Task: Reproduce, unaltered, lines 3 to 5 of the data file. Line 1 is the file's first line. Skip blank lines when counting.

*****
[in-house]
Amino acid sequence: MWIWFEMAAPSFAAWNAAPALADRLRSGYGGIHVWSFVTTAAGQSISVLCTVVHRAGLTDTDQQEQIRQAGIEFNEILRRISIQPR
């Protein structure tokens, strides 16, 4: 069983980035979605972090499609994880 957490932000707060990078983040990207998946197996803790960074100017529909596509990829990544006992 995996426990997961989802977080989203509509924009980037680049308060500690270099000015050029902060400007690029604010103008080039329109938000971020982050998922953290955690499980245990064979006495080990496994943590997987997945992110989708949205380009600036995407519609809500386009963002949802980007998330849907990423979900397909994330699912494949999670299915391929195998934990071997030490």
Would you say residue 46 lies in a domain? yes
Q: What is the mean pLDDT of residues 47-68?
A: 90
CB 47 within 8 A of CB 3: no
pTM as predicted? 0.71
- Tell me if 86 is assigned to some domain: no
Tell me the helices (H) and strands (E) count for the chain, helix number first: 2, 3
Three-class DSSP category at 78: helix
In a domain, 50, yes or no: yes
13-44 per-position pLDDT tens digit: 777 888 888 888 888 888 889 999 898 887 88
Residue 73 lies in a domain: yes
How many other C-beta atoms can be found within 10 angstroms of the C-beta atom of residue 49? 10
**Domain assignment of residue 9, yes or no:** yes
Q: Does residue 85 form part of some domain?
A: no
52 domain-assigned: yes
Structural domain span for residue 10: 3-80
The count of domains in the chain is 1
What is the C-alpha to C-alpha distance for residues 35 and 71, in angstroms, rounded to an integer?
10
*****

């Protein structure tokens, strides 16, 4: 069983980035979605972090499609994880 957490932000707060990078983040990207998946197996803790960074100017529909596509990829990544006992 995996426990997961989802977080989203509509924009980037680049308060500690270099000015050029902060400007690029604010103008080039329109938000971020982050998922953290955690499980245990064979006495080990496994943590997987997945992110989708949205380009600036995407519609809500386009963002949802980007998330849907990423979900397909994330699912494949999670299915391929195998934990071997030490």
Would you say residue 46 lies in a domain? yes
Q: What is the mean pLDDT of residues 47-68?